Obama was never going to appeal to working-class whites by virtue of his cultural affinities with them. In the Midwest - the most downwardly-mobile American region - his prospects have hinged on his ability to stop the economic slide and mitigate the desperation of an economically hopeless people. These are things he hasn't done, and his party paid for that big-time yesterday.
The richest 1 percent of Americans now take home almost 24 percent of income, up from almost 9 percent in 1976. As Timothy Noah of Slate noted in an excellent series on inequality, the United States now arguably has a more unequal distribution of wealth than traditional banana republics like Nicaragua, Venezuela and Guyana.Don't Look At Me, David Bromwich, New York Review blog, November 5, 2010.
C.E.O.’s of the largest American companies earned an average of 42 times as much as the average worker in 1980, but 531 times as much in 2001. Perhaps the most astounding statistic is this: From 1980 to 2005, more than four-fifths of the total increase in American incomes went to the richest 1 percent.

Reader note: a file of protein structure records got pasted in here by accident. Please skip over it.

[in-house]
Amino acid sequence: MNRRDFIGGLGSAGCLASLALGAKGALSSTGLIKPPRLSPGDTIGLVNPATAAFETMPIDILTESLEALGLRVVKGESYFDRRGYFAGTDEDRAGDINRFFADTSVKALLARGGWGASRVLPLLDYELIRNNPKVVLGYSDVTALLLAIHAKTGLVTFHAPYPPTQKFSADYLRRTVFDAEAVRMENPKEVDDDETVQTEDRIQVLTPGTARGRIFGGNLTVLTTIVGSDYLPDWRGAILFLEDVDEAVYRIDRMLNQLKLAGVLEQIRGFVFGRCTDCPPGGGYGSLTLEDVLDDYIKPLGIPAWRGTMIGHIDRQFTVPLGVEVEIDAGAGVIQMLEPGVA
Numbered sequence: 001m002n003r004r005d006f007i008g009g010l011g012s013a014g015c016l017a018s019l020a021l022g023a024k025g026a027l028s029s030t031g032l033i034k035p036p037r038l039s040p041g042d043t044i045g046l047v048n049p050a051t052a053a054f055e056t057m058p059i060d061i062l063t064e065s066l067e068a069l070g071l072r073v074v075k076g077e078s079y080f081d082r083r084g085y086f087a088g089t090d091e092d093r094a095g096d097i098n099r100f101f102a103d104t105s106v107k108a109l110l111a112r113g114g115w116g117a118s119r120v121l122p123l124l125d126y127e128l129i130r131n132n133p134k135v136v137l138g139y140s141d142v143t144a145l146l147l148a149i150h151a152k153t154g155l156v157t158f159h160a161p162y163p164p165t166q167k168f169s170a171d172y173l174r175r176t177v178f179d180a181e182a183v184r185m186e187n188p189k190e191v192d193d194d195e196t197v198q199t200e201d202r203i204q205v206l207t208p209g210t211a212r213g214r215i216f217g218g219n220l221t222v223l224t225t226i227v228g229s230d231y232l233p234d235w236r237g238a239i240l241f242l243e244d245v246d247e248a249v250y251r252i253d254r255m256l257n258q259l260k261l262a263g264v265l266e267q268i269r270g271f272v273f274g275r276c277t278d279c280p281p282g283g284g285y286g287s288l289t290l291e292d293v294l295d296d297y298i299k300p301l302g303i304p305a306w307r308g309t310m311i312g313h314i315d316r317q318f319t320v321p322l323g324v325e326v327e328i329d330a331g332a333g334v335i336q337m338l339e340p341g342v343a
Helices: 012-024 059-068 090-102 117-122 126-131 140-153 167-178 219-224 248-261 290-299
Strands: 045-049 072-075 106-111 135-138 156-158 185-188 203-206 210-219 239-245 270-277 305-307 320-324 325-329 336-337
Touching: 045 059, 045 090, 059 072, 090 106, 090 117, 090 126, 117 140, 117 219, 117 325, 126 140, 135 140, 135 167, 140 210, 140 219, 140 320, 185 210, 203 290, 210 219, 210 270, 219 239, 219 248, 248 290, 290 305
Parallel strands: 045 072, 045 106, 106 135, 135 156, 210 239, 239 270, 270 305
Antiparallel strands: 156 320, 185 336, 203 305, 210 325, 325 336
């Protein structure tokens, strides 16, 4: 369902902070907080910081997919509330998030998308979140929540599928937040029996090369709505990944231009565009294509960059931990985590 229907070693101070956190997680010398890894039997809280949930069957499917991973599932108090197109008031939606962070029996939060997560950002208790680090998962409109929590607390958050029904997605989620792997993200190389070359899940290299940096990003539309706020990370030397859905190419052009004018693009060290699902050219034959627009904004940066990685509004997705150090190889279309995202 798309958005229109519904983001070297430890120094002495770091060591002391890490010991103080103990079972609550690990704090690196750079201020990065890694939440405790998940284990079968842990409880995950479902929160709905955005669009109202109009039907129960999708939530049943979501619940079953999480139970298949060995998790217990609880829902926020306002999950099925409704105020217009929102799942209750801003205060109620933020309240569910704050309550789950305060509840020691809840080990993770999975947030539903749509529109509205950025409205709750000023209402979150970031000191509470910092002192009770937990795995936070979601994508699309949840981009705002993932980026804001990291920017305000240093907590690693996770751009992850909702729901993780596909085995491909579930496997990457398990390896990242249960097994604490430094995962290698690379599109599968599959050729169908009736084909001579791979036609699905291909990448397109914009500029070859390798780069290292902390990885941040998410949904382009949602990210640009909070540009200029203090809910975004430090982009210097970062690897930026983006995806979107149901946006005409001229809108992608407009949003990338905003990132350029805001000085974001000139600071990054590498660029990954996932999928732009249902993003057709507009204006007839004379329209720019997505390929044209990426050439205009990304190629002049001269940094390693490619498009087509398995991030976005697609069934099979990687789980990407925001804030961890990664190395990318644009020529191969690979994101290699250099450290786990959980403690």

The Republicans of 2010 are a party led by a movement. From early 2009, the movement declared that its strategy would be to denounce the growth of the national debt, oppose the bank bailouts, attack health care reform, and undermine the legitimacy of President Obama. On November 2, that effort largely achieved what it had aimed for. Many Democrats are saying it was a typical midterm election, where the majority party is bound to suffer. The rest they put down to the bad state of the economy. But suppose the unemployment rate in October had dropped to 9.0 percent, would the outcome have been much different? This midterm result was a vote of no confidence in President Obama and the Democratic congress.Guilty Until Proven Guilty, Karen Greenberg, Mother Jones, November 19, 2010.